'What's the matter, that you have such a February face, so full of frost, of storm and cloudiness?
Don Pedro's greeting in Much Ado could well apply these days, and it was all looking so good towards the end of last year. In spite of everything and in spite of February's reputation for filling the dykes, a new season is here. Spring signs are showing all over the place. The blackbirds have been chasing one another in earnest and claiming their territories, as have the jackdaws, while the dunnocks scurry around the undergrowth and thankfully continue their courtship out of sight. The mating habits of these chirpy little songsters are not for the faint-hearted.
Nest boxes are being inspected and nature’s tweetings are swelling in number. On the ground and in the pots the tulips are emerging and those Spanish bluebells are back once more making their presence known in their aggressive fashion. And here was I thinking that they had disappeared with Brexit! Every year I battle feebly to clear them out of the borders. Back they come every year and I give them an annual pardon when they fill the garden with their blooms.
In contrast, the snowdrops are more than welcome as soon as the small pale green spears break the winter surface. To St Francis they were an emblem of hope and in medieval days known as Candlemas Bells. Linnaeus named them Galanthus - the milk flower. They are a democratic little flower inhabiting nearly every garden rich or poor alike, much in demand in children's gardens; their attraction a reminder of first steps in gardening as an infant pastime. Small patches pop up in small gardens, larger swathes in large gardens specializing in huge varieties of different types much to the joy of those who delight in snowdrops. To most of us a snowdrop is a snowdrop but the real enthusiast examines their details on bended knee. Some great garden displays just speak for themselves. Colesbourne Park in Gloucestershire, for instance, the product of that great plantsman Sir Henry Elwes, is quite stunning at this time of the year. So, too, is its neighbour, the Painswick Rococo Garden. Nearer home, the snowdrop display is the first of many to enhance the Bishop's Palace Gardens and its visitors here in Wells.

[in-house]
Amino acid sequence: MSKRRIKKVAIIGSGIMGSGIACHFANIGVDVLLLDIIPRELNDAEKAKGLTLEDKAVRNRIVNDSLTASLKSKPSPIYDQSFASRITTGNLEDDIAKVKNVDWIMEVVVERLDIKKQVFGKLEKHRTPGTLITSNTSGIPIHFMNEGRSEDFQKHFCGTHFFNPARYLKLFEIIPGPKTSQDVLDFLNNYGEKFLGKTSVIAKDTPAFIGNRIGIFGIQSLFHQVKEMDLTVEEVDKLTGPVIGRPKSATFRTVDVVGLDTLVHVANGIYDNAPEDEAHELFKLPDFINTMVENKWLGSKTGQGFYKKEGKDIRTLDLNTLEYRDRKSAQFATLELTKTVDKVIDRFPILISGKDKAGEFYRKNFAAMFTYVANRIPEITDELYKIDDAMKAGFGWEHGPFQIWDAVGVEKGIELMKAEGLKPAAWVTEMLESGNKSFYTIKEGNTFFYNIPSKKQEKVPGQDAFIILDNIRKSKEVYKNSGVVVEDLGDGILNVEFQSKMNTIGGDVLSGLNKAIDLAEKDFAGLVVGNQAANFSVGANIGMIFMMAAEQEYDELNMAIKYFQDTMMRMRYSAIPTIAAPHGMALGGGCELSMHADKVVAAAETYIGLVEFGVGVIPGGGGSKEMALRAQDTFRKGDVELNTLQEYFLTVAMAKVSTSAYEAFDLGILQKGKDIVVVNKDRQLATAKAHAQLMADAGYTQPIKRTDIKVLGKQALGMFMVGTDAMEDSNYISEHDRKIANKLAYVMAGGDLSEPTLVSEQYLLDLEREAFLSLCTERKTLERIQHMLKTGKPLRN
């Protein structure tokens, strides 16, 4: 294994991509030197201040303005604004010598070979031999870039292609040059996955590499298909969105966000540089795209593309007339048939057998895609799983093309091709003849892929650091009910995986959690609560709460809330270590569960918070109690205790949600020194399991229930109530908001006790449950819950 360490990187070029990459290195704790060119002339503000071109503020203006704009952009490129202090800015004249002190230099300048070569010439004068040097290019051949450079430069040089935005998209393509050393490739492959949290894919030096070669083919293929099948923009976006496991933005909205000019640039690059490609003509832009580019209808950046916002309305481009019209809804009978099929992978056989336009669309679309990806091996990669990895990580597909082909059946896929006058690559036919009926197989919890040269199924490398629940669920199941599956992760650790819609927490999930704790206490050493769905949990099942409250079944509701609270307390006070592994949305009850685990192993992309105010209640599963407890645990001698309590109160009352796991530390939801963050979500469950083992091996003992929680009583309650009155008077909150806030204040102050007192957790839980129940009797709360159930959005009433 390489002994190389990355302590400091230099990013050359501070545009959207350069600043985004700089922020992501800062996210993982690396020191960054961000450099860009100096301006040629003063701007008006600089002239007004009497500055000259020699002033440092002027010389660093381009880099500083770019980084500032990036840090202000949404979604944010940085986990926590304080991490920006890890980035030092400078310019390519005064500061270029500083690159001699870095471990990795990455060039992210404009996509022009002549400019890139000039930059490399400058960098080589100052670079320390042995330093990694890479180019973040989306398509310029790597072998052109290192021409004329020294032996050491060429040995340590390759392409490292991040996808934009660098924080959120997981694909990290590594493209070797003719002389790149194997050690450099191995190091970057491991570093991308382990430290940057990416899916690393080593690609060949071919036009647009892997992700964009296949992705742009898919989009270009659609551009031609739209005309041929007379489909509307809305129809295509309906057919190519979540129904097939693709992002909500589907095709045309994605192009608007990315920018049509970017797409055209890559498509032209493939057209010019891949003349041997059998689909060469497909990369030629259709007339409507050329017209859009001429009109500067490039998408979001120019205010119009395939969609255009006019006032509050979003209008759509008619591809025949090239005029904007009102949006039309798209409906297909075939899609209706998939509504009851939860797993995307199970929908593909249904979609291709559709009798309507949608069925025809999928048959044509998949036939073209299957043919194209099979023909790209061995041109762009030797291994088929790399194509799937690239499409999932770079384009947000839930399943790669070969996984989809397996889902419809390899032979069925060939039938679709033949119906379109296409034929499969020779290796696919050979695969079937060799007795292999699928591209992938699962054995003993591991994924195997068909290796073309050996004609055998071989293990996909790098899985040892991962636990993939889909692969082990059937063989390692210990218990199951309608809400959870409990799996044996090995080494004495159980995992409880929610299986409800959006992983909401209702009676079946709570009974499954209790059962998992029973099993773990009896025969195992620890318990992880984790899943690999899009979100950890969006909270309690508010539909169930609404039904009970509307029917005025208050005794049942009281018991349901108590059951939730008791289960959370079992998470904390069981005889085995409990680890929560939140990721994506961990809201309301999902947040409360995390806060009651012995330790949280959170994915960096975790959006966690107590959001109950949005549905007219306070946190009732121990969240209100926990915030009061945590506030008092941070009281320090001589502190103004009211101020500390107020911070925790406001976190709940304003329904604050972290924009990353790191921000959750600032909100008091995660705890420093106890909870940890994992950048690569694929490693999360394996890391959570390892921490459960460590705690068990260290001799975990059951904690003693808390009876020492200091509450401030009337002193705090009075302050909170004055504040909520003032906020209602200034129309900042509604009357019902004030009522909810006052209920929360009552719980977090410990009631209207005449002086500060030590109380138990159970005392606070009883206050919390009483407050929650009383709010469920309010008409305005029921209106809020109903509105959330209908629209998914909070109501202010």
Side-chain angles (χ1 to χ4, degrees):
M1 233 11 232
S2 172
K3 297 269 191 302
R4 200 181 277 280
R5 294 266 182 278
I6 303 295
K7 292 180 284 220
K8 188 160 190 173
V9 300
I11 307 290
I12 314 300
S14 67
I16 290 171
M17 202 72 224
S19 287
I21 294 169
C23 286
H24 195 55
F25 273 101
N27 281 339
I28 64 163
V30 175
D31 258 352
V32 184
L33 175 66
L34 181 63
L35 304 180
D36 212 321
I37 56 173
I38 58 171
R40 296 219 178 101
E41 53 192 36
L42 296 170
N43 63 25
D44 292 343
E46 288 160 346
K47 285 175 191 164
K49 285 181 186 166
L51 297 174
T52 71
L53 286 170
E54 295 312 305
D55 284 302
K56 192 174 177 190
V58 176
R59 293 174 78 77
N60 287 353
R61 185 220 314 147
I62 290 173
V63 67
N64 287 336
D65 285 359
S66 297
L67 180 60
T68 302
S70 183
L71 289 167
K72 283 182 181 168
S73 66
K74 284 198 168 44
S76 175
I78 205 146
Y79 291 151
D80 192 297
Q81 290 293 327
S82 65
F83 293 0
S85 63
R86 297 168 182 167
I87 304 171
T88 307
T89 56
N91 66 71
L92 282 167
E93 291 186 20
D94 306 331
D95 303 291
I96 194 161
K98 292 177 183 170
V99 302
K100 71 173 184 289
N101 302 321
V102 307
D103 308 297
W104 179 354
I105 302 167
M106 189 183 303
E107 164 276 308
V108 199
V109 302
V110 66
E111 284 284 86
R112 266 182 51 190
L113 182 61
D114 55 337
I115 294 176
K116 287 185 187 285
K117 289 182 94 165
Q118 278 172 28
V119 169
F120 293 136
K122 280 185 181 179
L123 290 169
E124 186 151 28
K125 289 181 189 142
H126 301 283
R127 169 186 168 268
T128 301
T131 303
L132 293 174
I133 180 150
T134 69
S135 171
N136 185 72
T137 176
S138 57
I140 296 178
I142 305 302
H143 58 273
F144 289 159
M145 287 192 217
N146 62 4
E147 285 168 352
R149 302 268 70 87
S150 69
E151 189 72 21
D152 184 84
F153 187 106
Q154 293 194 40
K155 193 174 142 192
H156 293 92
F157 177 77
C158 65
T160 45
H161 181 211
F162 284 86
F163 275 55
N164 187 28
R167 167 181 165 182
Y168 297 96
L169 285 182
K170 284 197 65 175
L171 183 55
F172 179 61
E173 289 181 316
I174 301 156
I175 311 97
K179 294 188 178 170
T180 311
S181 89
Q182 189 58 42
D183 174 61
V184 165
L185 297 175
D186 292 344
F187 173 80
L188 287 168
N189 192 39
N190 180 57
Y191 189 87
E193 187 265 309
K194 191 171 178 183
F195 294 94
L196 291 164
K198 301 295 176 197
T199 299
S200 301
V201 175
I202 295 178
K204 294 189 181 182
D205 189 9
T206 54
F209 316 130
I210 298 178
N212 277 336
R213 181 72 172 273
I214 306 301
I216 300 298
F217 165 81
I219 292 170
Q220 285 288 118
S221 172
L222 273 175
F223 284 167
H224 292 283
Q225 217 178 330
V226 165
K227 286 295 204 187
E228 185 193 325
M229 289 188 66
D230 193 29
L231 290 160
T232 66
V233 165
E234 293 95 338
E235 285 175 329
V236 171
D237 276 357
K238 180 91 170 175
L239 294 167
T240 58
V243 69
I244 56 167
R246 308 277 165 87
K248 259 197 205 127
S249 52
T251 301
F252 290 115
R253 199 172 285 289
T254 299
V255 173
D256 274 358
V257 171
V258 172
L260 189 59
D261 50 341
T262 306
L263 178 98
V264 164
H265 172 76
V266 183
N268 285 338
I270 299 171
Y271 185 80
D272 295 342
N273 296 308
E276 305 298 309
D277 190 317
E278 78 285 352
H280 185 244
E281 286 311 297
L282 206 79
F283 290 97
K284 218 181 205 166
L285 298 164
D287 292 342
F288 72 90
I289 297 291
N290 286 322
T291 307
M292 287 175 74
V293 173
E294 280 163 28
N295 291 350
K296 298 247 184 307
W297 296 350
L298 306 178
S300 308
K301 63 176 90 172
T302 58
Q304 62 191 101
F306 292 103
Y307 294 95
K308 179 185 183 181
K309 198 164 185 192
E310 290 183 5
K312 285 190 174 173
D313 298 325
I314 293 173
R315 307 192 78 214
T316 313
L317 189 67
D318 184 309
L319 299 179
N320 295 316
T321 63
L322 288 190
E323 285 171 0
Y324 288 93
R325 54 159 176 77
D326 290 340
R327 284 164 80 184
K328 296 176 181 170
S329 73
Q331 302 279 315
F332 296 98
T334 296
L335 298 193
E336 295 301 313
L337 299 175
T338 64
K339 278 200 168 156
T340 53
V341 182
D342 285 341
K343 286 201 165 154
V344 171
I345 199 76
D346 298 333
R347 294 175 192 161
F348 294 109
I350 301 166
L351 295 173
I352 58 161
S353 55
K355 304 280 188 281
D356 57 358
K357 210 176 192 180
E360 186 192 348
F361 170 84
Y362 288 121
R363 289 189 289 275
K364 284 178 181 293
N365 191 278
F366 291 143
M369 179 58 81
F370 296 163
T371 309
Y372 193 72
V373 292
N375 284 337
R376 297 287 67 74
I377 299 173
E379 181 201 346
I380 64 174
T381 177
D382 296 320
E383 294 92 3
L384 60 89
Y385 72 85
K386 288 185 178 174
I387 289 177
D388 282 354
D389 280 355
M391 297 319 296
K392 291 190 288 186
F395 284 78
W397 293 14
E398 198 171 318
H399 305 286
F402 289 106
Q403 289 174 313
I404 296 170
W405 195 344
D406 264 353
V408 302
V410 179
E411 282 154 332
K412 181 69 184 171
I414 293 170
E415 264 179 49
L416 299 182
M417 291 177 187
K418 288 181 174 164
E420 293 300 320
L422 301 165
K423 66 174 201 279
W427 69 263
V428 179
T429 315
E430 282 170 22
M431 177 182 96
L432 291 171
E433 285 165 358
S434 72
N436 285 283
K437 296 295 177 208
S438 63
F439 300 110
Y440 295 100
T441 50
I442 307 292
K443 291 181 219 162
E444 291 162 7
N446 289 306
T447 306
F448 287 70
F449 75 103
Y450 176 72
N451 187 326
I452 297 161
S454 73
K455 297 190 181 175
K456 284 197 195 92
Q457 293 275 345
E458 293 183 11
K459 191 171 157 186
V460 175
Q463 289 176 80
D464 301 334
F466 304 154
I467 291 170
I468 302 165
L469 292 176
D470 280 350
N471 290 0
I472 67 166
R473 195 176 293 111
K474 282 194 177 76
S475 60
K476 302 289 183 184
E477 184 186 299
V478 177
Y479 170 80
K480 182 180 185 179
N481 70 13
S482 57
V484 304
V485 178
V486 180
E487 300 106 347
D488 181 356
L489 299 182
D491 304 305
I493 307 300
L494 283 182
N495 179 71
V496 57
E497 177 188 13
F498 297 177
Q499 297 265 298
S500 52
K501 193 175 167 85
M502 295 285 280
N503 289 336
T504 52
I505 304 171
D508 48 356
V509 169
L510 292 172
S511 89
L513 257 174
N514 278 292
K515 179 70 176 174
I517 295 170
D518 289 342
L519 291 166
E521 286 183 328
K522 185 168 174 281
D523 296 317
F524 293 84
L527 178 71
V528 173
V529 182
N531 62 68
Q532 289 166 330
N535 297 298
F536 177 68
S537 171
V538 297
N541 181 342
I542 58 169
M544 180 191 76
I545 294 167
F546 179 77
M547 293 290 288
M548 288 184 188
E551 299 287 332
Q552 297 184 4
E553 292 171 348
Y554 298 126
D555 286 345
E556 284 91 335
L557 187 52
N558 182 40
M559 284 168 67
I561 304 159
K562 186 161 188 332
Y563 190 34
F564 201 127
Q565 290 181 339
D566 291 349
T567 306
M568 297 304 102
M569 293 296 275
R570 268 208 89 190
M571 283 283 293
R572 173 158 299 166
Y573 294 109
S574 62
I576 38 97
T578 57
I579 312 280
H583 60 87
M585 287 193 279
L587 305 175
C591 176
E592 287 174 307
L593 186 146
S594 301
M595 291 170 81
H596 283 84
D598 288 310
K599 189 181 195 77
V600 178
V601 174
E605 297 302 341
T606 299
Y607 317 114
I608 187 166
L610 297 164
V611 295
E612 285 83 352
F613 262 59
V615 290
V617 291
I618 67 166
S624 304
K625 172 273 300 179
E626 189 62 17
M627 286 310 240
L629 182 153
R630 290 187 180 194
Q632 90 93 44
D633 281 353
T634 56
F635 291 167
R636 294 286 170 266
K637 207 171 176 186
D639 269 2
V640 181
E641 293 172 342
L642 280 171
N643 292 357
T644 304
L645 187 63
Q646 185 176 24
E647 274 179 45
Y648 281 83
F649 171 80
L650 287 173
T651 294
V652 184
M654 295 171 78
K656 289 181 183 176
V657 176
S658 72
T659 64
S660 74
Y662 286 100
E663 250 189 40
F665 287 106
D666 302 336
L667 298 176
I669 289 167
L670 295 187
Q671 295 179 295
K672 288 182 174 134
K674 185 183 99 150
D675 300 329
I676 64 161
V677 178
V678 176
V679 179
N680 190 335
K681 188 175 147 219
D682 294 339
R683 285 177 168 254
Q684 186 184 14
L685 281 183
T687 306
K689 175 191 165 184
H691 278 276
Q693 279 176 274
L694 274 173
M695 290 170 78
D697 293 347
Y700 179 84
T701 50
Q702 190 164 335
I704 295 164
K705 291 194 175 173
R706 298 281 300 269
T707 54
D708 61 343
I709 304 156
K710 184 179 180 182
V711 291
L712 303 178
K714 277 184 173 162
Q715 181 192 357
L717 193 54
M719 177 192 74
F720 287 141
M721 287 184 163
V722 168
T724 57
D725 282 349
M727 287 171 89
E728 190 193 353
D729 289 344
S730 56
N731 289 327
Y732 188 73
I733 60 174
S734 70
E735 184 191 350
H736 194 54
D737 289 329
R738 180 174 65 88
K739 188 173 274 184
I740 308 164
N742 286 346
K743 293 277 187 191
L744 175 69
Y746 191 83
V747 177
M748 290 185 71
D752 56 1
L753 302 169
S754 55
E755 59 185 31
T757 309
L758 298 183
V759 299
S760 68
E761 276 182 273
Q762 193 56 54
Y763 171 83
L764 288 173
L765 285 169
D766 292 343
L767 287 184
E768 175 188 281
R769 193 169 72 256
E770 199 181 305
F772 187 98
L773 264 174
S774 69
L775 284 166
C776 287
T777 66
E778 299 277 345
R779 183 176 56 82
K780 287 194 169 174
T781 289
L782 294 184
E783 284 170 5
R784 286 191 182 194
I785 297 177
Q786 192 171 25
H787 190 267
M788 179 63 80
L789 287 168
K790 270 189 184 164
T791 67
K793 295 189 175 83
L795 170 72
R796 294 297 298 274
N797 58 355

It is our sobering good fortune that we are in a position to take so much pleasure from where we live. We may grouse a little but compared to other less advantaged districts we are lucky to enjoy our gardens or have access to open spaces and watch the return of the natural order of things.
For those of us charged with trying to organize events and activities for our members, it will be a relief when it comes to set aside this soothsaying business. Normality means cultivating our own gardens. In the meantime let February do what it does and open its doors to spring. One touch of nature is all we need, a pot on the window sill, a patch of crocus in the garden or by the wayside, clearing a path in the undergrowth, keeping an eye on all those things that make February such an interesting month. Pip